Kenneth, who first received the news of his condition in 2013 and officially diagnosed in 2014, was stumped once he realised he could no longer excel in the adventure-racing world.
A double whammy came when the navy offered him an appointment doing administrative work or the option to leave the service.
He opted for the latter as he had signed on to be a naval diving officer, and things took a downturn after that.
“After I was diagnosed, I slipped into depression,” Kenneth said, “I put on quite a bit of weight. I wanted to just escape from the world, so that was a very negative change.”
Wary that Kenneth might spiral further into the dark abyss of depression, his navy buddy and race partner Nicholas Yeo kicked into action.
“To someone like Kenneth, a naval diving officer who has a bright future in his career - an avid cyclist, an athlete, a triathlete, an adventure-racer, HSP is worse than death,” said Nicholas, 28, a tax consultant.
“It seems like someone played a huge joke on him, not only taking away his legs, but also his career and the ability to do everything that he loves.”
Wanting to fulfil Kenneth’s dream of completing one more race before his legs give out, Nicholas contacted their former coursemates from the 27th batch of Naval Divers to join the SAFRA Bay Run in 2014. One even flew home from Australia for the race.
Like so many other races before, Nicholas and Kenneth crossed the 10km finish line together - this time with their band of brothers in tow.
The message was clear: “Even when he falls, we will wait for him, and walk with him until the finishing line,” Nicholas said.
It was certainly a turning point for both Kenneth and Eugene, who knew then that their lifelong battle against HSP was a fight they didn’t have to face alone.
With spirits on the mend, Kenneth then decided to channel his energies into art, a childhood passion that took a backseat to sports years ago. He began painting and delved into clay modelling, calming activities that have inspired him to pursue a Masters in Art Therapy.
A licensed motorcyclist, Kenneth has also completed two road trips on bike in Australia.
Meanwhile, Eugene, a former bartender, has quit the nightlife to apply for a Masters in Physiotherapy in Australia.
The brothers hope to use their experience and knowledge in these fields to help others in the same situation.
STARTING MOUNTAIN TORTOISE FACEBOOK PAGE
Although walking or climbing the stairs now takes a few painful minutes longer, Kenneth and Eugene refused to hang up their running shoes.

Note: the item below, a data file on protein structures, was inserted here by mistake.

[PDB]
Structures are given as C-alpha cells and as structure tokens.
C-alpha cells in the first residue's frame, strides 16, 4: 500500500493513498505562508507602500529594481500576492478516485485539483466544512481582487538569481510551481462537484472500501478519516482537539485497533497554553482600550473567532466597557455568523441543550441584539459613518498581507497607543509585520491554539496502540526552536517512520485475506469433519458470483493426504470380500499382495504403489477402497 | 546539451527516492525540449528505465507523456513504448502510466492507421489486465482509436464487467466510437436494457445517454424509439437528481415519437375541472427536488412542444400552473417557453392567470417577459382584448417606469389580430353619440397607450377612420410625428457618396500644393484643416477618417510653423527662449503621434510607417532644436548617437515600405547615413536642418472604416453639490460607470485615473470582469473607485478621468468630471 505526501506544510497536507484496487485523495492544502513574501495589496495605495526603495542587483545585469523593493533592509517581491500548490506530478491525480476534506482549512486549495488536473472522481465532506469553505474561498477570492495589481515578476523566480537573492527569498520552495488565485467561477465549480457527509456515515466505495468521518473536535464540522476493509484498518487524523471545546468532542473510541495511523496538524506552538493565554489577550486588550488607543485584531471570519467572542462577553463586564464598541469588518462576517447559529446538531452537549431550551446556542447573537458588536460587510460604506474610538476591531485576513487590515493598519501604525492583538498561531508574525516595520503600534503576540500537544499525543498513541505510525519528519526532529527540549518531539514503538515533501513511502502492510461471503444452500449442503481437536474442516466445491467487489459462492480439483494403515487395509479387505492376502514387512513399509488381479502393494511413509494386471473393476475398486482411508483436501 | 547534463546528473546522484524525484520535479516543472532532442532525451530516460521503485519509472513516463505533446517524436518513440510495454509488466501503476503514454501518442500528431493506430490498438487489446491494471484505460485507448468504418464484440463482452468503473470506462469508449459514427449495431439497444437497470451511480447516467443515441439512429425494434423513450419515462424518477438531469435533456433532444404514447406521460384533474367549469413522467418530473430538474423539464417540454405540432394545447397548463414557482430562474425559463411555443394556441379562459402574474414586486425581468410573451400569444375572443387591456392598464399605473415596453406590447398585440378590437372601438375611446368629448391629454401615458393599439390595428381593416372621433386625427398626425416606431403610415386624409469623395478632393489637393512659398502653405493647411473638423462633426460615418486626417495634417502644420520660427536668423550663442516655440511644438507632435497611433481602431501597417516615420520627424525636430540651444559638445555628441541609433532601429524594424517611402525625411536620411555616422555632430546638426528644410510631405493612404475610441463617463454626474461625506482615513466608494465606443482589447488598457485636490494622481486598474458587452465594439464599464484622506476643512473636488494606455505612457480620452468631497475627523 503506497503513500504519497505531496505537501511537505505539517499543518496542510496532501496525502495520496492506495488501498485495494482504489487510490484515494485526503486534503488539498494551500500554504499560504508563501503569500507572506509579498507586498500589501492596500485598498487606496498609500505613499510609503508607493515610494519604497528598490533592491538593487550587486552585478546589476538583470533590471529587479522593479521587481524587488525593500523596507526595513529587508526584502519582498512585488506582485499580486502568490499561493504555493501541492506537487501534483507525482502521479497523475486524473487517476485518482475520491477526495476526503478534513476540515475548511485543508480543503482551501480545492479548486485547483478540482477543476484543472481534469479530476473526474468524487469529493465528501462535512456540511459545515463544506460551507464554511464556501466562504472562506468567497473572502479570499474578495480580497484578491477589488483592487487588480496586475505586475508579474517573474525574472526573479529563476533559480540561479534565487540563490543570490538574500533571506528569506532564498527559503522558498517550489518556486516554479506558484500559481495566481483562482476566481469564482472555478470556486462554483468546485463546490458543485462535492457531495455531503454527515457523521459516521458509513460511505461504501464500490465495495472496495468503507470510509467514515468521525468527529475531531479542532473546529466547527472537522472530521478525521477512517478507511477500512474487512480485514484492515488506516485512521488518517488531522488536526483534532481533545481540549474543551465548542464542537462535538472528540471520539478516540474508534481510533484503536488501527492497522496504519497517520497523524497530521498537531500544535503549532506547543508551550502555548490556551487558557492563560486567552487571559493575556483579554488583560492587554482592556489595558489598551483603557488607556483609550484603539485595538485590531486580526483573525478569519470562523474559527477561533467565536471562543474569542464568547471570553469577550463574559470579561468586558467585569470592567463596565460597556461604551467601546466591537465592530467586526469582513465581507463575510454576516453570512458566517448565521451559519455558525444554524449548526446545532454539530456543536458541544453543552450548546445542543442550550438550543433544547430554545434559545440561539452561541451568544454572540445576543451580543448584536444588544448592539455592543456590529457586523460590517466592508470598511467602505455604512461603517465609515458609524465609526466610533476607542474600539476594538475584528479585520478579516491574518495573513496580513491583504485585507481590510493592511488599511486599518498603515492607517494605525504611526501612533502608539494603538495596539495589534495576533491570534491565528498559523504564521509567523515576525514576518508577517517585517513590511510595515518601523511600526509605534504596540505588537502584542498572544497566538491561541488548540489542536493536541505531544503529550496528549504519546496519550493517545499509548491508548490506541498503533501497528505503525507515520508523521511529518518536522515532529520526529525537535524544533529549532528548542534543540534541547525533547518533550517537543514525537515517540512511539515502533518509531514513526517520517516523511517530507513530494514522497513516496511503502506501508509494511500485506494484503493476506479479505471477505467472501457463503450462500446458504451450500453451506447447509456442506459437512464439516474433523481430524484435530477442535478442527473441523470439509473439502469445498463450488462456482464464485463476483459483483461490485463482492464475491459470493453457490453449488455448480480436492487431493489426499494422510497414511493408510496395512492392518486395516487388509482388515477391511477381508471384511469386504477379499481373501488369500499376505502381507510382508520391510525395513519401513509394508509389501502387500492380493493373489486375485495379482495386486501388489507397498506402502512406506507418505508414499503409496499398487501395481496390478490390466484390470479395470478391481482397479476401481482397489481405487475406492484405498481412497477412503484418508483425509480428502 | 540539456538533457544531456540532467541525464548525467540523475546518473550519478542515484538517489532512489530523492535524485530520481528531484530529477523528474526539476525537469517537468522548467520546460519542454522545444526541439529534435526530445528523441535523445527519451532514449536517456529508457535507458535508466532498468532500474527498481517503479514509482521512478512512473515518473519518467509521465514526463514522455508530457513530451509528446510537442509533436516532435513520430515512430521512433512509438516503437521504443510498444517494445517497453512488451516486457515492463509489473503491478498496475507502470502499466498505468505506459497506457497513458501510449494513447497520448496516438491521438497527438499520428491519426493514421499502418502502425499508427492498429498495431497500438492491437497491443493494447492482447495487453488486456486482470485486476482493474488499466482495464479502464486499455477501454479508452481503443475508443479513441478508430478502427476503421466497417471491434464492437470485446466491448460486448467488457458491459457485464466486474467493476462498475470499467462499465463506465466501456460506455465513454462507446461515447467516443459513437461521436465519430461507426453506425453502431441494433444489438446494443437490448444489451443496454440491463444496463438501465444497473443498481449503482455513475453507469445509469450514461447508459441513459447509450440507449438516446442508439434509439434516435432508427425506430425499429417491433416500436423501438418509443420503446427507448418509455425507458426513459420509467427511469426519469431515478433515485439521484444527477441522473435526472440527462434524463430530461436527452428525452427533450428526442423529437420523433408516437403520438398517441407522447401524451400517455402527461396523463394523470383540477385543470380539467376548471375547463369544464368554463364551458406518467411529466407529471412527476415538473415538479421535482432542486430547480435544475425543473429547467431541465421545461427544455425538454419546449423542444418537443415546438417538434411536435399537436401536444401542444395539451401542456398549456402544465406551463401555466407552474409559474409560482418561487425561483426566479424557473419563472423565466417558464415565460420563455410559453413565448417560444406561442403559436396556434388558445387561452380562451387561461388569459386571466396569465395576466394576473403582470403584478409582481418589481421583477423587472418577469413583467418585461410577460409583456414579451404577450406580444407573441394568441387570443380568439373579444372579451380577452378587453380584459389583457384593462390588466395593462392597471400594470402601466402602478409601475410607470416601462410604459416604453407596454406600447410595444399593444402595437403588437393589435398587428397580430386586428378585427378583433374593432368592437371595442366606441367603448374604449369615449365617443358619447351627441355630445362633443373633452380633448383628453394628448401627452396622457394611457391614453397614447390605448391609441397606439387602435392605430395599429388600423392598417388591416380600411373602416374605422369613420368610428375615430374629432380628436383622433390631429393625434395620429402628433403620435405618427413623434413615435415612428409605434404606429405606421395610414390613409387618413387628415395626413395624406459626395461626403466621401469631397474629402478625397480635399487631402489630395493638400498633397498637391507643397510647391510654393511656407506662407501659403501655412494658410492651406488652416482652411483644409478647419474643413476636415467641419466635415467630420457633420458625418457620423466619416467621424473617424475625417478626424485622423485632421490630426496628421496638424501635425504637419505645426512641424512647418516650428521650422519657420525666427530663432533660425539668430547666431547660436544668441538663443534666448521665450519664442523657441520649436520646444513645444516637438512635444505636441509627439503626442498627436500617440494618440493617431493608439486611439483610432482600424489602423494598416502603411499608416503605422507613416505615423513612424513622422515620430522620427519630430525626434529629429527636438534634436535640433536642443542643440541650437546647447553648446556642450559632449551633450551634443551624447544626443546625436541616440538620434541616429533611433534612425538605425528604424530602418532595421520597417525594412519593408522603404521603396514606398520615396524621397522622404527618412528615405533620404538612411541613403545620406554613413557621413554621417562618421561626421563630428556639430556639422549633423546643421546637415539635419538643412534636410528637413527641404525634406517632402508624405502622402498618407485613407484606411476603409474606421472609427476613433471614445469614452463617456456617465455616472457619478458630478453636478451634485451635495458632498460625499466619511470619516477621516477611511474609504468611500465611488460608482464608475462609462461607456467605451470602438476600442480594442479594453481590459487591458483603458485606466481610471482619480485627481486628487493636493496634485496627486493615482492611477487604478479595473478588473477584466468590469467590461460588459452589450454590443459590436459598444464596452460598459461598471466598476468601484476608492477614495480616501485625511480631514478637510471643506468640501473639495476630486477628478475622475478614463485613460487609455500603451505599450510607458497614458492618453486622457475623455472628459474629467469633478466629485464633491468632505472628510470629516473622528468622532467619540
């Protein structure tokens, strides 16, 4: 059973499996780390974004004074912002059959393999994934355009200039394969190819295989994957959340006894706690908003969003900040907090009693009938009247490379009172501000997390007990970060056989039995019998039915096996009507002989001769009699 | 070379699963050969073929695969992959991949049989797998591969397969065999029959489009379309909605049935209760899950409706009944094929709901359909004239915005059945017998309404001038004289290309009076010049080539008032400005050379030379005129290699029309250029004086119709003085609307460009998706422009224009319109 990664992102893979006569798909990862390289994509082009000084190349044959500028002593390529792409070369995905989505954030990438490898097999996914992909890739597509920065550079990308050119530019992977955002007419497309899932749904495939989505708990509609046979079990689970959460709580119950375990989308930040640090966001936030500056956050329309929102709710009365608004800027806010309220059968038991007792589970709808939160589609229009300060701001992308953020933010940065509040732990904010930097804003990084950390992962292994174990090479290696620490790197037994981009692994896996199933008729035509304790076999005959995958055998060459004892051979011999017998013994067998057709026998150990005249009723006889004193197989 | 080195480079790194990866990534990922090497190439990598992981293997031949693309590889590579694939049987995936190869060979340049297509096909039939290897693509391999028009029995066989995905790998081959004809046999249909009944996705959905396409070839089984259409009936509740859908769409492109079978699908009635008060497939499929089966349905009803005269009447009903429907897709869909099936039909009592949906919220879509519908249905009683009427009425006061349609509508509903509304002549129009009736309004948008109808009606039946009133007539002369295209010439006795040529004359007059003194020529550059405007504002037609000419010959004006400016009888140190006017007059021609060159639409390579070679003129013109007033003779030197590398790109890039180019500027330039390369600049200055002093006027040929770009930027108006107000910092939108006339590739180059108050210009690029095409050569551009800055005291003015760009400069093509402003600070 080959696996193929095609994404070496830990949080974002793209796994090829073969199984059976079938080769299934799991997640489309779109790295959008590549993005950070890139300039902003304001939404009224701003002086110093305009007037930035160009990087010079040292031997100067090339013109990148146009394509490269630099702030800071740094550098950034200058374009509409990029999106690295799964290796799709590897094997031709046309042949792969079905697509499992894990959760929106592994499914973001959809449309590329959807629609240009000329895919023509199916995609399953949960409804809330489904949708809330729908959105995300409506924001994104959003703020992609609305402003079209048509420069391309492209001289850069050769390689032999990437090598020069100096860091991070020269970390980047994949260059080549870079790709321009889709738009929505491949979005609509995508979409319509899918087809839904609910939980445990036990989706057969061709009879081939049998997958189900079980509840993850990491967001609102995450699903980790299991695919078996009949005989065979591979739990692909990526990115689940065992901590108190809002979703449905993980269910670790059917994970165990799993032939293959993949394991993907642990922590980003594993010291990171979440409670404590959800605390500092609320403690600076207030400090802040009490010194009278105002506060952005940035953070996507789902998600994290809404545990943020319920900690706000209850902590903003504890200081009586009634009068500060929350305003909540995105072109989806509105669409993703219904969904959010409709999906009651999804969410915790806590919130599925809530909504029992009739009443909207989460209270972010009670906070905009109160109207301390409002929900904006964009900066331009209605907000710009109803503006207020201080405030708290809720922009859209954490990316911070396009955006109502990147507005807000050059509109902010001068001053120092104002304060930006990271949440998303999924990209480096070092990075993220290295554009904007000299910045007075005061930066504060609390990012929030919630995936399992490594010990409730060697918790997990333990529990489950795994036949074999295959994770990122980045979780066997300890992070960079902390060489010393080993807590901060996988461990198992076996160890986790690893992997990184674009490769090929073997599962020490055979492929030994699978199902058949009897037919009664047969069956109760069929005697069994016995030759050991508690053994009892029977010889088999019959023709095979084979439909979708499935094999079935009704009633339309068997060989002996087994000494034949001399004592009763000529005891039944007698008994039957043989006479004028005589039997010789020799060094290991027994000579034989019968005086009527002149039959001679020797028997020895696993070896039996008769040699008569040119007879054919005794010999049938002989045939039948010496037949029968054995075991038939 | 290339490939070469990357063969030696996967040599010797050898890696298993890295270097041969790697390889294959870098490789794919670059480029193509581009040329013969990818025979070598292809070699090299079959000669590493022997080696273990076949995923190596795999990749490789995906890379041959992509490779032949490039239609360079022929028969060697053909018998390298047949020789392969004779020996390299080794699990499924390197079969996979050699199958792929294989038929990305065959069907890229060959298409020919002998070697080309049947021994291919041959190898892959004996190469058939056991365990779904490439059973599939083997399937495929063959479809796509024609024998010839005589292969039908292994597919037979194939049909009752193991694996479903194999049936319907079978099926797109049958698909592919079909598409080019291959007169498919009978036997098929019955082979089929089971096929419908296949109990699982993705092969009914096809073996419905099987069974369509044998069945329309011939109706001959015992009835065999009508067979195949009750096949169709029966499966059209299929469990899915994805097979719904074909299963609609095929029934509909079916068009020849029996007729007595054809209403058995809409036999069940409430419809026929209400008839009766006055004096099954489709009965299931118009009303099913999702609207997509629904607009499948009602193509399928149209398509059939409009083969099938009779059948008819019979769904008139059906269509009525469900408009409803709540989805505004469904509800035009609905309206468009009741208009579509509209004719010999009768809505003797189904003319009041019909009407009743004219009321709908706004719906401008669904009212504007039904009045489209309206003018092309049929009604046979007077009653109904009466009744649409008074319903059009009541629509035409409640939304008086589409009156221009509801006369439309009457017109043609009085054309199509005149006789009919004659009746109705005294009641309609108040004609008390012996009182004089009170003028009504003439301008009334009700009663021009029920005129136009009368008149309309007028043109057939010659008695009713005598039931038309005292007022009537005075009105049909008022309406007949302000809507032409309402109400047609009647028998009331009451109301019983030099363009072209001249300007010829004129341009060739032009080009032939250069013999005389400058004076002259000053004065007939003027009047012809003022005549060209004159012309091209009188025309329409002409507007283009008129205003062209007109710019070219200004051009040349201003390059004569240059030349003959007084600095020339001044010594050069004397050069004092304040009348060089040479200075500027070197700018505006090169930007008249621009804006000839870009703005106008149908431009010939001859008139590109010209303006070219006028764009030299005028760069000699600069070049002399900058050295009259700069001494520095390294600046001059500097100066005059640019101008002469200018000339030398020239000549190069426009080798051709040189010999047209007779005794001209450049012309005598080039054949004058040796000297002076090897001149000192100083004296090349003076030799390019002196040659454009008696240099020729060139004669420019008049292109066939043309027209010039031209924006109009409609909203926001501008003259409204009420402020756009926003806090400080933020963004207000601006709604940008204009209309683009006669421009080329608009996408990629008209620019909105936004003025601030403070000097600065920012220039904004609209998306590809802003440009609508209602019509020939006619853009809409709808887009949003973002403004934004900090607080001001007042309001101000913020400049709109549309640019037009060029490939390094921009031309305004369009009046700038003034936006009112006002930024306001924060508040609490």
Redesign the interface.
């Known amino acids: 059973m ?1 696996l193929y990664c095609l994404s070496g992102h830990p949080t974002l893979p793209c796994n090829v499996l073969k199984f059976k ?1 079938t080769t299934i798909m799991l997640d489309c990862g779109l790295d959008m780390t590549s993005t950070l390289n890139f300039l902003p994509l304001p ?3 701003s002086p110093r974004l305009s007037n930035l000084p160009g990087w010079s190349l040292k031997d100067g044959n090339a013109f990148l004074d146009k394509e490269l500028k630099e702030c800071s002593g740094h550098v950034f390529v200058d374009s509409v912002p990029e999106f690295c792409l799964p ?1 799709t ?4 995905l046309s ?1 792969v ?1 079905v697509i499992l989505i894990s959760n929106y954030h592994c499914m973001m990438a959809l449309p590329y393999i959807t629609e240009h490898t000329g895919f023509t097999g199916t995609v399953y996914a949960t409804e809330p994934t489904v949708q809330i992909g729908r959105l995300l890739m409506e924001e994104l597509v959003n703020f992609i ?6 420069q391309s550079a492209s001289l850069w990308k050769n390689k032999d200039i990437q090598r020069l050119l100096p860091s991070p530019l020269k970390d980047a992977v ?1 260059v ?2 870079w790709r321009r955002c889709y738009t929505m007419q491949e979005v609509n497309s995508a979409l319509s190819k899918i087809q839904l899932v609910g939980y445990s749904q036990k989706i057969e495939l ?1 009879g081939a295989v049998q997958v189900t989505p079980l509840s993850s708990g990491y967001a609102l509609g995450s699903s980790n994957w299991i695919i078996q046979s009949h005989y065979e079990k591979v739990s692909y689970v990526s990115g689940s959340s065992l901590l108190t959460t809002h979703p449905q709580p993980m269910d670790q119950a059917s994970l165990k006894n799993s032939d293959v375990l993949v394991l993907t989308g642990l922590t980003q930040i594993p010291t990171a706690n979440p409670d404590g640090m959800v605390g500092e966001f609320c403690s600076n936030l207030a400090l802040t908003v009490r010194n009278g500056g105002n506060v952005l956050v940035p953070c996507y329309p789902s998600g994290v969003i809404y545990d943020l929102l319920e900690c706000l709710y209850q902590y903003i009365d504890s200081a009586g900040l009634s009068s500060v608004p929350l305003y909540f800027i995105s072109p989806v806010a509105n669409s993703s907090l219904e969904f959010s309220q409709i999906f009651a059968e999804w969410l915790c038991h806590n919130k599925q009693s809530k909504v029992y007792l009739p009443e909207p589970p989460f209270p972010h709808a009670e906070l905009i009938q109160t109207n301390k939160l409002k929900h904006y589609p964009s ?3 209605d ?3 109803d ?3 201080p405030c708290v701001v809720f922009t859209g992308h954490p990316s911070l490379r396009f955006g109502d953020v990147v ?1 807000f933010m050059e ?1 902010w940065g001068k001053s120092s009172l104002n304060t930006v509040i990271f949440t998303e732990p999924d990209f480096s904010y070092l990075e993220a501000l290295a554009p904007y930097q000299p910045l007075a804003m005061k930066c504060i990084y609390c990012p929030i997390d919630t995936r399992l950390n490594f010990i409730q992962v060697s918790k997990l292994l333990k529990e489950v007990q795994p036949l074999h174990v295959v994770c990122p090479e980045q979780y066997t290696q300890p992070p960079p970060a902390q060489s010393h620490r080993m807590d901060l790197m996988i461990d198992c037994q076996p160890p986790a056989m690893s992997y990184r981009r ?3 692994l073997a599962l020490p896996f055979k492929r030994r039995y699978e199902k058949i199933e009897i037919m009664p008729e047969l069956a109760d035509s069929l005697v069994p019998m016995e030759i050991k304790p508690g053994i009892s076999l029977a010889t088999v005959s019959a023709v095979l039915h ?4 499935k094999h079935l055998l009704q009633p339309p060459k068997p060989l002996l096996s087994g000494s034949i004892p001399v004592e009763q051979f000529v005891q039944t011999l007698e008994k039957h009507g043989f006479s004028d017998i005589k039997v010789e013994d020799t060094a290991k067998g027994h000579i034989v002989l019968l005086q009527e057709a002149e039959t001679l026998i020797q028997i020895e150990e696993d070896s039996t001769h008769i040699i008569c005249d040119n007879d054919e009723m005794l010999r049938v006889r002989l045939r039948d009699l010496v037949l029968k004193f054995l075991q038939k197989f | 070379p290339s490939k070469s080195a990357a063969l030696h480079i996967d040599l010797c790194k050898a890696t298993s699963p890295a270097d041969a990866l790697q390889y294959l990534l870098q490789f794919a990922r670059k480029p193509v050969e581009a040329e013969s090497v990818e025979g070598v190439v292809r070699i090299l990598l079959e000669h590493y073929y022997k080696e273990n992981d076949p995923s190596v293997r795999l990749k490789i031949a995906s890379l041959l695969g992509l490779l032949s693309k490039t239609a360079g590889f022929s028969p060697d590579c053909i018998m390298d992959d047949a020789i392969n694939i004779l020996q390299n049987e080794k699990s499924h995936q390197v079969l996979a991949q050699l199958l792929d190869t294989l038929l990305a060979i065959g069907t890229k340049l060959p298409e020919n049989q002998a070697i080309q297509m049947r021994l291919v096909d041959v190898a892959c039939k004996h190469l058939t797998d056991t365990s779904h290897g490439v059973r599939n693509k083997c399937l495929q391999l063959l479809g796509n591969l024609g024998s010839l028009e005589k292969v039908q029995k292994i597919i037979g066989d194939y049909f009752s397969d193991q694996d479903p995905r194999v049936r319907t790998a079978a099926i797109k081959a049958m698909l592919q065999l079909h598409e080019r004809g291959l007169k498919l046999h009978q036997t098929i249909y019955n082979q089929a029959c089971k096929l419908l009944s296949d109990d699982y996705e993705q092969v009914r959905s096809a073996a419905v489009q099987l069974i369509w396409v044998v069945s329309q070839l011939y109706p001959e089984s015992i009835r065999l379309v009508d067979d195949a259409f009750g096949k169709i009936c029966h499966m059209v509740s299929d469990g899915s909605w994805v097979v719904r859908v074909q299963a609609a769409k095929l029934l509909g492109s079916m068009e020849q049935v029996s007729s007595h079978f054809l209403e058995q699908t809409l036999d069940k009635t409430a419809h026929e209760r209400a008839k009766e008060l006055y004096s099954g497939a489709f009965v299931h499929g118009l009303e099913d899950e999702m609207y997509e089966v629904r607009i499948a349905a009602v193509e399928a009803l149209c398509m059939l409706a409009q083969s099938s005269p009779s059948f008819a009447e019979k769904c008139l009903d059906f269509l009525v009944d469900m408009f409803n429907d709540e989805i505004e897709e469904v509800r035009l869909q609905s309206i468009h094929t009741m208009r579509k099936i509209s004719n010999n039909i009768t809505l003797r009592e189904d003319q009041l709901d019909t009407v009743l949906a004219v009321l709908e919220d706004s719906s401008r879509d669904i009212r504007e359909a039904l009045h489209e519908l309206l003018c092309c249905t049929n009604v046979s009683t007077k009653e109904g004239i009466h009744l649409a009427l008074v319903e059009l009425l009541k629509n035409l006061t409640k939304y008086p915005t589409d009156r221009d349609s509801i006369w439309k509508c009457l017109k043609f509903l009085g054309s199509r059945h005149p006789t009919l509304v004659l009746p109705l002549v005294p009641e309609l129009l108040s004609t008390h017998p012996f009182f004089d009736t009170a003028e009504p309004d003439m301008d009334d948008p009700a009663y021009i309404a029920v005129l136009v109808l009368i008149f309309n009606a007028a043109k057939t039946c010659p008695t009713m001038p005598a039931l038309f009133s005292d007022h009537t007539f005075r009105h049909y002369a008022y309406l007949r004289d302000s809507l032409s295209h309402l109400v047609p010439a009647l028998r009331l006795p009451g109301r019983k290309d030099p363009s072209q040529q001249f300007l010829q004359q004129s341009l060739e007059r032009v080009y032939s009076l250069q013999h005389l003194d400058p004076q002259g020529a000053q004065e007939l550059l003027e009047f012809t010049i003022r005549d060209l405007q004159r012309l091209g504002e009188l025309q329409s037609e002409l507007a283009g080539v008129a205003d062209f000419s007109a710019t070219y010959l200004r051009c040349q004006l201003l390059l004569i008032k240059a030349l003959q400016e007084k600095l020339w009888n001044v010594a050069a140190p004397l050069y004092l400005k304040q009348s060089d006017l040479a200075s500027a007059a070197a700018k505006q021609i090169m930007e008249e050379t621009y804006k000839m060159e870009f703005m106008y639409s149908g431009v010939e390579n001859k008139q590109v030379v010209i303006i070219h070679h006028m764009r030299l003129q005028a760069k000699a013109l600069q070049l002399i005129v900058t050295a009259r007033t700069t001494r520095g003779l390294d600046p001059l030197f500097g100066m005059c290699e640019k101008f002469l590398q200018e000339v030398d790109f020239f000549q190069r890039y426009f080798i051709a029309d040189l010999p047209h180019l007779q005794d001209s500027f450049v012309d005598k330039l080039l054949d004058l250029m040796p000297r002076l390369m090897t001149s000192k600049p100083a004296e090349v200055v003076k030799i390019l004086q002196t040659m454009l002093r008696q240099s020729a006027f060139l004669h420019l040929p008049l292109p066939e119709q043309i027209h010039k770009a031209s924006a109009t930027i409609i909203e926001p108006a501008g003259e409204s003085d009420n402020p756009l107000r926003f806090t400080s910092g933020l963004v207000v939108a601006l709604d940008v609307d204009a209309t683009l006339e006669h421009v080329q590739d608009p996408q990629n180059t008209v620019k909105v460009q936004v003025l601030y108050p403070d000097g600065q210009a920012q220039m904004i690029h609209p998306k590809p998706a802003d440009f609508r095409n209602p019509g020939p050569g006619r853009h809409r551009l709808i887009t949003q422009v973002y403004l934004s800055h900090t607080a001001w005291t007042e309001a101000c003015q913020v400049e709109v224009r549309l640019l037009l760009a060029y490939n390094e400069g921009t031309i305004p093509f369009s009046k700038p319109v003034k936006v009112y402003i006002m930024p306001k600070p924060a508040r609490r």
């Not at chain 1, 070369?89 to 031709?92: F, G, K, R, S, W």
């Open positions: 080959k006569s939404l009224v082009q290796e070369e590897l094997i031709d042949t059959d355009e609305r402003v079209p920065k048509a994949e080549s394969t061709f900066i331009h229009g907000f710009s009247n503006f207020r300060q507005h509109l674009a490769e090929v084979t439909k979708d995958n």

“Doctors that we consulted recommended physiotherapy to slow down the chances of any further degradation of our legs,” Kenneth said, pointing out that this was a mode of treatment he and Eugene could handle on their own without incurring hefty medical expenses.
With Eugene’s knowledge in sports sciences, the brothers developed a weekly routine that includes strength-training at least thrice a week in the gym and long walks twice a week.
In September this year, the brothers started Mountain Tortoise, a Facebook page to document their training progress, as well as to spread awareness of living with mobility impairment.
“It also serves as a benchmark so that we don’t go below what we achieved last week,” Kenneth said.
To date, the page has garnered about 1,200 likes, mostly from friends and supporters from the ultra-running community.
With Mountain Tortoise, the brothers hope to reach out to people suffering from mobility impairment and to even inspire regular people to lead a healthy lifestyle.
HSP may be a rare condition, and the odds of having two afflicted persons in the same family are downright cruel. But to the brothers, it has only drawn them closer.
Kenneth said: “I would say that my biggest takeaway from this condition is that the focal support group can just be next to you. It comes from my brother, who understands me a lot better. Our parents have also been very supportive of whatever we do.”
With a long and illustrious history of sporting achievements between them, Kenneth and Eugene have no plans on discarding their fitness goals.
Eugene recently completed a 26km walk along the East Coast and Changi Coastal Road stretch to mark his 26th birthday on October 14.
He also has his sights set on summiting Mount Rinjani, a volcano in Lombok, Indonesia, a feat he remarked, that could have been achieved easily a few years back.
Mellowed but not muted, the brothers intend to continue racing.
Resilience, determination and endurance are essential traits every good sportsman should have. The brothers are clear exemplifiers, especially on their most challenging race to surmount this disease step by step.
Eugene said: “One day I wish to join a race and not be cut off. That will be best. I just want to walk far again, I don’t know if I can ever do it.
“I just want to walk an ultra [marathon] again and I’m going to drag my brother through it.”